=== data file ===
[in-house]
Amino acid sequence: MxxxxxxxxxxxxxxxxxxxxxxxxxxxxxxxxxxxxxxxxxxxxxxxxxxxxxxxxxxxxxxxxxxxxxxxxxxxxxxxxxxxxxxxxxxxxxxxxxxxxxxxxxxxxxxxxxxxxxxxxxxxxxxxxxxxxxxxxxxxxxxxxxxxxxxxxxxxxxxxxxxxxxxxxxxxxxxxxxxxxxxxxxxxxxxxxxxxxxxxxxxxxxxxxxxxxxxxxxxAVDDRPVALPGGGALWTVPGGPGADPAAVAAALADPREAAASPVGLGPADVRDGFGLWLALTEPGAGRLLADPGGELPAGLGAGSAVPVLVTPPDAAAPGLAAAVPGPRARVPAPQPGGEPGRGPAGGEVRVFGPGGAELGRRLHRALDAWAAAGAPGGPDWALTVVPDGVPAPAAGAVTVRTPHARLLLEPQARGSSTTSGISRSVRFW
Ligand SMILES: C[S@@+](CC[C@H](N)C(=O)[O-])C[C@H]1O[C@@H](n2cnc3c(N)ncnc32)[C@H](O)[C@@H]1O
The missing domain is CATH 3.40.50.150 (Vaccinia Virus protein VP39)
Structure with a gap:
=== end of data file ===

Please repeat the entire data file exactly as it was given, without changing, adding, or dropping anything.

[in-house]
Amino acid sequence: MxxxxxxxxxxxxxxxxxxxxxxxxxxxxxxxxxxxxxxxxxxxxxxxxxxxxxxxxxxxxxxxxxxxxxxxxxxxxxxxxxxxxxxxxxxxxxxxxxxxxxxxxxxxxxxxxxxxxxxxxxxxxxxxxxxxxxxxxxxxxxxxxxxxxxxxxxxxxxxxxxxxxxxxxxxxxxxxxxxxxxxxxxxxxxxxxxxxxxxxxxxxxxxxxxxxxxxxxxxAVDDRPVALPGGGALWTVPGGPGADPAAVAAALADPREAAASPVGLGPADVRDGFGLWLALTEPGAGRLLADPGGELPAGLGAGSAVPVLVTPPDAAAPGLAAAVPGPRARVPAPQPGGEPGRGPAGGEVRVFGPGGAELGRRLHRALDAWAAAGAPGGPDWALTVVPDGVPAPAAGAVTVRTPHARLLLEPQARGSSTTSGISRSVRFW
Ligand SMILES: C[S@@+](CC[C@H](N)C(=O)[O-])C[C@H]1O[C@@H](n2cnc3c(N)ncnc32)[C@H](O)[C@@H]1O
The missing domain is CATH 3.40.50.150 (Vaccinia Virus protein VP39)
Structure with a gap: